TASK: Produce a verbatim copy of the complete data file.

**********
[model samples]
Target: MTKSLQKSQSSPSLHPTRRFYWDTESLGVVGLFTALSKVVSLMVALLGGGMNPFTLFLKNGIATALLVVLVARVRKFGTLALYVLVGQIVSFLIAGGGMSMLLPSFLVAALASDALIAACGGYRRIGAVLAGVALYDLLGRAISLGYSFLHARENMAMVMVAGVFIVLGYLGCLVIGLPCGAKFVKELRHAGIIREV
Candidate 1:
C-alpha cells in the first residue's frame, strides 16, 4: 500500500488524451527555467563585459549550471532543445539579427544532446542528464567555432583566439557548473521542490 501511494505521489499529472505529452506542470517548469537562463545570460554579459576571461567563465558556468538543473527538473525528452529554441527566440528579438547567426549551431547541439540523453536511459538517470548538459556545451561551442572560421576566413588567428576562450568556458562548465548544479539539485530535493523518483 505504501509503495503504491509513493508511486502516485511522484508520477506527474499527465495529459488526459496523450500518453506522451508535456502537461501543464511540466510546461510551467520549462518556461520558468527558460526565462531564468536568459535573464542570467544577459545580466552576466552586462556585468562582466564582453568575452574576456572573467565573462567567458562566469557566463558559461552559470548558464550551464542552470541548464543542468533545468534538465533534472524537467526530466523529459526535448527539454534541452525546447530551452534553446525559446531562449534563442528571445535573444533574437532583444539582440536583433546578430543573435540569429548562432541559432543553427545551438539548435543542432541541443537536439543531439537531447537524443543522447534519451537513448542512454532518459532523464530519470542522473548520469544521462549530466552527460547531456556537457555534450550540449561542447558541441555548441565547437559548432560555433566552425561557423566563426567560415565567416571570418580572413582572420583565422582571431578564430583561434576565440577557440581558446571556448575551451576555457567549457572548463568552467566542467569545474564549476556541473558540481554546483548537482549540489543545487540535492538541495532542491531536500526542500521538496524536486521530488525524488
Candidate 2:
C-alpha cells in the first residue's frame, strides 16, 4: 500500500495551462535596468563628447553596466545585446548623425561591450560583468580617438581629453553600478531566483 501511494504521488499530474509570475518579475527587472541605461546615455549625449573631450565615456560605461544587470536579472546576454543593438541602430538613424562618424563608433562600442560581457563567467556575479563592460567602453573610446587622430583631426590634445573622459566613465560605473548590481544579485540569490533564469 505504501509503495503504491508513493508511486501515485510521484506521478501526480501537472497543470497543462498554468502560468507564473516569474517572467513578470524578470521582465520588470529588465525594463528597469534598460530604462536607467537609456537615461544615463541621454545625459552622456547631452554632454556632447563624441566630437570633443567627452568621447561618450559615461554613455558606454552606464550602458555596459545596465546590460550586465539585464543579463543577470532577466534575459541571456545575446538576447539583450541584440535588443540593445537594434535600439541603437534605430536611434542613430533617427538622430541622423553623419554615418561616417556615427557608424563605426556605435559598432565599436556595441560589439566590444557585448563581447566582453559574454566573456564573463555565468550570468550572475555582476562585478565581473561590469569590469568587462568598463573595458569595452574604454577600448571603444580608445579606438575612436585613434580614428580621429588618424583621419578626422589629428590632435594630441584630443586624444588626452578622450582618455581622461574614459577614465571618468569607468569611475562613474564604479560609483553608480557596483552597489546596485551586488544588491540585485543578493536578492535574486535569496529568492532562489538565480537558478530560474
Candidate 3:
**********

[model samples]
Target: MTKSLQKSQSSPSLHPTRRFYWDTESLGVVGLFTALSKVVSLMVALLGGGMNPFTLFLKNGIATALLVVLVARVRKFGTLALYVLVGQIVSFLIAGGGMSMLLPSFLVAALASDALIAACGGYRRIGAVLAGVALYDLLGRAISLGYSFLHARENMAMVMVAGVFIVLGYLGCLVIGLPCGAKFVKELRHAGIIREV
Candidate 1:
C-alpha cells in the first residue's frame, strides 16, 4: 500500500488524451527555467563585459549550471532543445539579427544532446542528464567555432583566439557548473521542490 501511494505521489499529472505529452506542470517548469537562463545570460554579459576571461567563465558556468538543473527538473525528452529554441527566440528579438547567426549551431547541439540523453536511459538517470548538459556545451561551442572560421576566413588567428576562450568556458562548465548544479539539485530535493523518483 505504501509503495503504491509513493508511486502516485511522484508520477506527474499527465495529459488526459496523450500518453506522451508535456502537461501543464511540466510546461510551467520549462518556461520558468527558460526565462531564468536568459535573464542570467544577459545580466552576466552586462556585468562582466564582453568575452574576456572573467565573462567567458562566469557566463558559461552559470548558464550551464542552470541548464543542468533545468534538465533534472524537467526530466523529459526535448527539454534541452525546447530551452534553446525559446531562449534563442528571445535573444533574437532583444539582440536583433546578430543573435540569429548562432541559432543553427545551438539548435543542432541541443537536439543531439537531447537524443543522447534519451537513448542512454532518459532523464530519470542522473548520469544521462549530466552527460547531456556537457555534450550540449561542447558541441555548441565547437559548432560555433566552425561557423566563426567560415565567416571570418580572413582572420583565422582571431578564430583561434576565440577557440581558446571556448575551451576555457567549457572548463568552467566542467569545474564549476556541473558540481554546483548537482549540489543545487540535492538541495532542491531536500526542500521538496524536486521530488525524488
Candidate 2:
C-alpha cells in the first residue's frame, strides 16, 4: 500500500495551462535596468563628447553596466545585446548623425561591450560583468580617438581629453553600478531566483 501511494504521488499530474509570475518579475527587472541605461546615455549625449573631450565615456560605461544587470536579472546576454543593438541602430538613424562618424563608433562600442560581457563567467556575479563592460567602453573610446587622430583631426590634445573622459566613465560605473548590481544579485540569490533564469 505504501509503495503504491508513493508511486501515485510521484506521478501526480501537472497543470497543462498554468502560468507564473516569474517572467513578470524578470521582465520588470529588465525594463528597469534598460530604462536607467537609456537615461544615463541621454545625459552622456547631452554632454556632447563624441566630437570633443567627452568621447561618450559615461554613455558606454552606464550602458555596459545596465546590460550586465539585464543579463543577470532577466534575459541571456545575446538576447539583450541584440535588443540593445537594434535600439541603437534605430536611434542613430533617427538622430541622423553623419554615418561616417556615427557608424563605426556605435559598432565599436556595441560589439566590444557585448563581447566582453559574454566573456564573463555565468550570468550572475555582476562585478565581473561590469569590469568587462568598463573595458569595452574604454577600448571603444580608445579606438575612436585613434580614428580621429588618424583621419578626422589629428590632435594630441584630443586624444588626452578622450582618455581622461574614459577614465571618468569607468569611475562613474564604479560609483553608480557596483552597489546596485551586488544588491540585485543578493536578492535574486535569496529568492532562489538565480537558478530560474
Candidate 3: